Looking for employment, Sarah Bailey applied for a customer service position through an online ad.
"It's a shopping, mystery shopper position and you'll be issued packets, assignments with instructions and basically reviews for shops to be going to," Bailey said.
Bailey's first job was with Secret Shop MoneyGram. "I was to deposit it and then withdraw it and then I was to wire it to another representative who was in state or not in state, in country and they were reviewing the pickup process," Bailey said.
Bailey went to her bank to cash the check and drove off with $2,950.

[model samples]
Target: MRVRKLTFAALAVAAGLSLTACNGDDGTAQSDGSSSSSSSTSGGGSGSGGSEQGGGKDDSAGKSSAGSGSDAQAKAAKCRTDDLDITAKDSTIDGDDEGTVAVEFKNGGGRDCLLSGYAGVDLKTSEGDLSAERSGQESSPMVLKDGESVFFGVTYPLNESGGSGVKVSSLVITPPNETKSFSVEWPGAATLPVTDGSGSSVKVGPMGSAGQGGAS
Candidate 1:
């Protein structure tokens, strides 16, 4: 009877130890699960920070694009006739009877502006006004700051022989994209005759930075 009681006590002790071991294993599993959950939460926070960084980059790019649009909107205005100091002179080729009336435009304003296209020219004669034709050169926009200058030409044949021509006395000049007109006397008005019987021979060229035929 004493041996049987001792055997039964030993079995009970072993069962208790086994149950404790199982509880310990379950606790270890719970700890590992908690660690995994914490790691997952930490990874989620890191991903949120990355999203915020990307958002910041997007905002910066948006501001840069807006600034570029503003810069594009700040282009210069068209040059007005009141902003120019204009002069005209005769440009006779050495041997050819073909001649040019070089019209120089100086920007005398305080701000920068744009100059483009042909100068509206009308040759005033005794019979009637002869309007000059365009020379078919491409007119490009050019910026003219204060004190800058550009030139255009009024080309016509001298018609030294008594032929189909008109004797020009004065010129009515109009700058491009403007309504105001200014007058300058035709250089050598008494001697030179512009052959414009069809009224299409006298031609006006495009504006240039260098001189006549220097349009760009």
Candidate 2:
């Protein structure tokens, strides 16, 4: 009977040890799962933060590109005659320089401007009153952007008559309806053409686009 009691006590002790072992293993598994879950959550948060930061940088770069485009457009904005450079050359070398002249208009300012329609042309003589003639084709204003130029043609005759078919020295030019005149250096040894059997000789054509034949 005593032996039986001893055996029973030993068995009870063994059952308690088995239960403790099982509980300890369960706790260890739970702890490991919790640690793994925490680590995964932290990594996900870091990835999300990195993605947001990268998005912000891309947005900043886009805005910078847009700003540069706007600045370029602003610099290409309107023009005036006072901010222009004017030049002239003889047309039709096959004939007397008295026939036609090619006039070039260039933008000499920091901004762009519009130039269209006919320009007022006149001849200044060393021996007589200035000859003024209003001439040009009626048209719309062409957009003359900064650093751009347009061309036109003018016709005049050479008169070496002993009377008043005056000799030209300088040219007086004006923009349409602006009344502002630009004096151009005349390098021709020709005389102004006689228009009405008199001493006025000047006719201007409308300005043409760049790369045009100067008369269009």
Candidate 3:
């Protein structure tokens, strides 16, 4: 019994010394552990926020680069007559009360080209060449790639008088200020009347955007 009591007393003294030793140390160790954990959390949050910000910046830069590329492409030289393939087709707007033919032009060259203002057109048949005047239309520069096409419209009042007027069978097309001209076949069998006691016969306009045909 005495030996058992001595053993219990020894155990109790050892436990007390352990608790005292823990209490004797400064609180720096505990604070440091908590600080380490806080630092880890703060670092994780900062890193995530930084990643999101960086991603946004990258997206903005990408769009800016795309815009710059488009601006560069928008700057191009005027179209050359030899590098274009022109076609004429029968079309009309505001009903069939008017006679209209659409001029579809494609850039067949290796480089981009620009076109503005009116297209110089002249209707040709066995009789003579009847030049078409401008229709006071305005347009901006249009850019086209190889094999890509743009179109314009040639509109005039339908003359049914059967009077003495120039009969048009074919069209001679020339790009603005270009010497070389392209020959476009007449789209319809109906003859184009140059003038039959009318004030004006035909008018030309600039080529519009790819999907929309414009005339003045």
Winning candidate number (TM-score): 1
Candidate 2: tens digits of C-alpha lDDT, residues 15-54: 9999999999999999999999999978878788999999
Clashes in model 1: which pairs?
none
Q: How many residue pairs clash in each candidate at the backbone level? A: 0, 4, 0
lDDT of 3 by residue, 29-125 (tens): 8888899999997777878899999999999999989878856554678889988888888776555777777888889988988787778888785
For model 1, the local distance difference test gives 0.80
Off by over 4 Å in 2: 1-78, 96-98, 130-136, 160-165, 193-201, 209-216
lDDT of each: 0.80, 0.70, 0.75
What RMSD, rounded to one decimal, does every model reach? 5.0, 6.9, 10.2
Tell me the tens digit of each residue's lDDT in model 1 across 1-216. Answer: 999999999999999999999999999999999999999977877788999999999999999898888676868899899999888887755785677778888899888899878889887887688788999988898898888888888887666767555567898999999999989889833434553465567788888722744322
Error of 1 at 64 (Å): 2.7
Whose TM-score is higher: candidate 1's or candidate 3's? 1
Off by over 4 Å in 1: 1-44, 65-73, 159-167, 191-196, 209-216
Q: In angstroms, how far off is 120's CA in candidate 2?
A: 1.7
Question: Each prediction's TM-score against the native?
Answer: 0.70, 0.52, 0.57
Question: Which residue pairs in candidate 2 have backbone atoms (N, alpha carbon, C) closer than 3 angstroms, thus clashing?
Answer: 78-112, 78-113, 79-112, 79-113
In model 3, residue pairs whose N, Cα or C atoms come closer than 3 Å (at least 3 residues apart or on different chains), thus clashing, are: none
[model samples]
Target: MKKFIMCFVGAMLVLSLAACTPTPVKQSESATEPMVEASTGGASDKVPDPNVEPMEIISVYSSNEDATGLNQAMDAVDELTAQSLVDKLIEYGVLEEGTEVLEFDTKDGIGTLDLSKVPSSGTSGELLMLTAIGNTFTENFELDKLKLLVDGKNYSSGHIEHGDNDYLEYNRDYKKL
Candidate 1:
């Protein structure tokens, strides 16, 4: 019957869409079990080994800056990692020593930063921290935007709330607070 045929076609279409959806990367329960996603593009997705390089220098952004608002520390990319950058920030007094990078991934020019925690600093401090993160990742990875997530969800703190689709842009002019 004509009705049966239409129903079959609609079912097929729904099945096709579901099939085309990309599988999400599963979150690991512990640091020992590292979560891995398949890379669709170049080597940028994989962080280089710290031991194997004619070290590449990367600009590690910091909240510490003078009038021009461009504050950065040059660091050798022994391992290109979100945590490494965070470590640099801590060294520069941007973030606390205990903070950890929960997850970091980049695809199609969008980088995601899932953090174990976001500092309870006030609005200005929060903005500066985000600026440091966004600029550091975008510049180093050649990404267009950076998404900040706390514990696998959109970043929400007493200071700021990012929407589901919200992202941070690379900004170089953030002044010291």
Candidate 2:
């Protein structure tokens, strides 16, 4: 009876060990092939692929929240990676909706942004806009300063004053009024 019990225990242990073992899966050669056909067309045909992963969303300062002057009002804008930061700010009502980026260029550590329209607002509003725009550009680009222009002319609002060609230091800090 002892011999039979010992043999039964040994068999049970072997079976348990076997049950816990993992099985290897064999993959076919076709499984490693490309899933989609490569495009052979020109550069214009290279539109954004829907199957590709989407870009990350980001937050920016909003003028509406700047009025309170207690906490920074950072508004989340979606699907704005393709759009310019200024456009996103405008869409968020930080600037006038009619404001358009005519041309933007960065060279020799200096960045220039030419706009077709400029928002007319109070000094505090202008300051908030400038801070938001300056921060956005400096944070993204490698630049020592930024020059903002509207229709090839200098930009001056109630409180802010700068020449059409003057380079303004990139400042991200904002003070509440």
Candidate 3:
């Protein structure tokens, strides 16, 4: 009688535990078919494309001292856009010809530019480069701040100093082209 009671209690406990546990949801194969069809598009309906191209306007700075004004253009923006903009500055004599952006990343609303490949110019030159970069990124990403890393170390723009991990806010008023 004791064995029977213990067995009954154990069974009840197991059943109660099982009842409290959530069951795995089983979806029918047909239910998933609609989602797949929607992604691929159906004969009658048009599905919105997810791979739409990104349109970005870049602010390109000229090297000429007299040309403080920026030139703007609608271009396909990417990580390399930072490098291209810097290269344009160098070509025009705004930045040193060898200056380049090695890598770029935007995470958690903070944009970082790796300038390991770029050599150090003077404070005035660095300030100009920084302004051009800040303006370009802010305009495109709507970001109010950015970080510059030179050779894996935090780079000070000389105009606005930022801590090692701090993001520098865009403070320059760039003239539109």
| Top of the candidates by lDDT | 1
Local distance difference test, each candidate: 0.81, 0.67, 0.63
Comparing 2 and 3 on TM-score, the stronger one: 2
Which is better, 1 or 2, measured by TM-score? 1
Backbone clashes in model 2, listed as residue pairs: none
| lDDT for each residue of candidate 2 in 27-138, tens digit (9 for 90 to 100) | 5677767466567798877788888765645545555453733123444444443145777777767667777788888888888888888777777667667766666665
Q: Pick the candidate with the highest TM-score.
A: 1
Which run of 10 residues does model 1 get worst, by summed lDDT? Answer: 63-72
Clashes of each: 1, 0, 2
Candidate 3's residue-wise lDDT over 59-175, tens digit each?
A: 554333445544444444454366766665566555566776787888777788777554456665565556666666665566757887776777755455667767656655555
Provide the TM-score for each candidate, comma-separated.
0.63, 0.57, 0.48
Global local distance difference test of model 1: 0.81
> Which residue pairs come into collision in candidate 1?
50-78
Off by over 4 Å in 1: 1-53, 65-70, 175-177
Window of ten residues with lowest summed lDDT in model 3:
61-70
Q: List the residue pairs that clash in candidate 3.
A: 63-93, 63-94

As per the instructions, Bailey said she kept $295 dollars as her fee and wired more than $2,600.
A few days later she was notified the check she had cashed was fraudulent.
The bank promptly debited her account and instructed her to file a police report.
"Unless there is some other type of fraud to your account, the account holder for the most part is gonna be held responsible and they'll suffer the losses," said KSAT Crime Analyst Eddie Gonzales.
A bank representative explained checks are usually cashed based on the payee's account balance, status and relationship with the bank, adding the customer is always responsible for checks presented, fraudulent or not.
Gonzales warns job applicants against using unprotected websites.
"No legitimate company is gonna send you an overage amount and then because you're such a good person we trust you, send us this much of it back, but you can keep this much," Gonzales said.